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Chapter 13 Setting up Quotas

So on Chapter 13.3b I modified my /etc/fstab entry to..

/dev /sbd1 /home /etx4 defaults,ursquota 1, 1

and then did

sudo mount -0 remount /home

(rest of the commands.. were cmd not found.. )

anyhow,. when I try to go back into the /etc/fstab entry it claims its being edited by root, and either gives me a blank file in nano, or an infinite loop of "y"'s (which is the beigning of me typeing

yes, I want to edit this file.

So.. what gives?

What do I need to do re-edit the file? clear the cache? the History?

It really shouldn't misbehave like this in the first place. And then there's this cmd not found.. I want to move on in the chapter of course.

Thanks guys,

Jeff

Comments

  • Hi Jeff,

    1) What distro and version are you using?

    2) What's the missing command name?

    3) Are you editing the file using sudo, root or any other user?

    Thanks,
    Luis.
  • saqman2060saqman2060 Posts: 777
    So on Chapter 13.3b I modified my /etc/fstab entry to..

    /dev /sbd1 /home /etx4 defaults,ursquota 1, 1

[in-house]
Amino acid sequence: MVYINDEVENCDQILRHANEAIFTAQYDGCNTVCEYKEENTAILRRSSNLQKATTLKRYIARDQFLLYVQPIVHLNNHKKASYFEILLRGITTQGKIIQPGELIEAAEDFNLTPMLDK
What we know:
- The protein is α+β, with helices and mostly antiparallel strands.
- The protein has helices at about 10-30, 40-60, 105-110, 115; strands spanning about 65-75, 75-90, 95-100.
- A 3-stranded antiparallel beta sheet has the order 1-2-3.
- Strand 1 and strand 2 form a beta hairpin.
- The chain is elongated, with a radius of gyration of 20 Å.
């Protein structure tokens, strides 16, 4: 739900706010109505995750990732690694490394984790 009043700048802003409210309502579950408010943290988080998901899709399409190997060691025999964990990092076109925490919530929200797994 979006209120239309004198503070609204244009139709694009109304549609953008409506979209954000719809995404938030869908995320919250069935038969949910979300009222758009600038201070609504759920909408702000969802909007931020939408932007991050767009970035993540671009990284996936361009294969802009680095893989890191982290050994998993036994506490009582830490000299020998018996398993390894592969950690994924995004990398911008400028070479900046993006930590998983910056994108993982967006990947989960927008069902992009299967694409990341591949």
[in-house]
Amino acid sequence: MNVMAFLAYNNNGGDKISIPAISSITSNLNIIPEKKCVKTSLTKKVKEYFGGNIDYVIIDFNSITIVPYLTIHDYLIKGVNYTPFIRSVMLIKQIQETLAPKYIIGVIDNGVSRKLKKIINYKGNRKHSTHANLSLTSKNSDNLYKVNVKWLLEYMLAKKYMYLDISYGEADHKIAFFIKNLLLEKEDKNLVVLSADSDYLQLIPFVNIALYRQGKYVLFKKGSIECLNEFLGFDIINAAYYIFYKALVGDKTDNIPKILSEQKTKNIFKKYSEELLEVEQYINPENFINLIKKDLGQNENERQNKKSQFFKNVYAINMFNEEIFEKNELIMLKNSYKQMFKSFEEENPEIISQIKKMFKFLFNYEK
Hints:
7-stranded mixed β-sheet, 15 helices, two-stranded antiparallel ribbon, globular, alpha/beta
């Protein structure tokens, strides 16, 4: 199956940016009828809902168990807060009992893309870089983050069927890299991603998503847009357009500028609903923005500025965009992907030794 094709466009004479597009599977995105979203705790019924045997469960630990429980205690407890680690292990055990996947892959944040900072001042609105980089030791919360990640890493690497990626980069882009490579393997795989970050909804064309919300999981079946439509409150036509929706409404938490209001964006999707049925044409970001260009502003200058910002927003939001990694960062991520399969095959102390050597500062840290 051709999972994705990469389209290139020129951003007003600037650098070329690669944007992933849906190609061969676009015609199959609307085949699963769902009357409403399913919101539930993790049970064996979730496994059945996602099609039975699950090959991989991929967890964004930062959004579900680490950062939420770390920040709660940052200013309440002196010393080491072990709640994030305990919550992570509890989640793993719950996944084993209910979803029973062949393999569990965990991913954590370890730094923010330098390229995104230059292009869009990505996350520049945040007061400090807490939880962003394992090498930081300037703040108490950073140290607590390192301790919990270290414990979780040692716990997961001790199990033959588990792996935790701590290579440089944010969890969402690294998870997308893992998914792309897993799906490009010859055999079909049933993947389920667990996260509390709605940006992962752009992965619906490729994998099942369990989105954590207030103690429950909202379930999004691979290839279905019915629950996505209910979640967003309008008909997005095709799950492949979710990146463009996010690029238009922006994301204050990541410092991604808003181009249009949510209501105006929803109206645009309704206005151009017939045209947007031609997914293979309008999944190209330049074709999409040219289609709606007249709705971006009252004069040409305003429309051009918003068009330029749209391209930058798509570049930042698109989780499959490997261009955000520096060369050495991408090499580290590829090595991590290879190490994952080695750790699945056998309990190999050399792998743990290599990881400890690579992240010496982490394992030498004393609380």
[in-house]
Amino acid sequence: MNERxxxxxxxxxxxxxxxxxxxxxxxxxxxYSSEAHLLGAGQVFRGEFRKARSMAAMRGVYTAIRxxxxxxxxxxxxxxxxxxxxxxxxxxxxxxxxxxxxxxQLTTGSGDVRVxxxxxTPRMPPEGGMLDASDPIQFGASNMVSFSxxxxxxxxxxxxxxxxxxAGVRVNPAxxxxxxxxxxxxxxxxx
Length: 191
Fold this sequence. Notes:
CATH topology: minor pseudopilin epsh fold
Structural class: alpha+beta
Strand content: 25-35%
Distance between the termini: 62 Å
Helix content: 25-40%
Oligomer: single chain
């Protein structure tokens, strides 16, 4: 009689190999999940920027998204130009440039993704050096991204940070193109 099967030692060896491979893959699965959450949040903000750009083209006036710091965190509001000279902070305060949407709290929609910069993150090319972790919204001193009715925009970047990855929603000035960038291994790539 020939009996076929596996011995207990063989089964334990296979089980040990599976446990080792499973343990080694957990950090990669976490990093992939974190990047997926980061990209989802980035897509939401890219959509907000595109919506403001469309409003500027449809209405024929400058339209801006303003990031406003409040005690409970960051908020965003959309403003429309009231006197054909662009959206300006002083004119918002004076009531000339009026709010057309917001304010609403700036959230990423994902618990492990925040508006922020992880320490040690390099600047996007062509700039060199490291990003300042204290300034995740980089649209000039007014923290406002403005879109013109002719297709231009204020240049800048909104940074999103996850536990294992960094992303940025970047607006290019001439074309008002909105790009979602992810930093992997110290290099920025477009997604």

and then did

    sudo mount -0 remount /home
    (rest of the commands.. were cmd not found.. )

    anyhow,. when I try to go back into the /etc/fstab entry it claims its being edited by root, and either gives me a blank file in nano, or an infinite loop of "y"'s (which is the beigning of me typeing
    yes, I want to edit this file.

    So.. what gives?

    What do I need to do re-edit the file? clear the cache? the History?
    It really shouldn't misbehave like this in the first place. And then there's this cmd not found.. I want to move on in the chapter of course.

    Thanks guys,

    Jeff


    I noticed you are mounting a partition into the /home directory. Unless that partition was setup during installation, you won't be able to login. The only way you can is by logging in as root which is what you might be experiencing. Just a theory.

    If you can, tell us exactly what the exercise is asking and perhaps we can better assess the issue.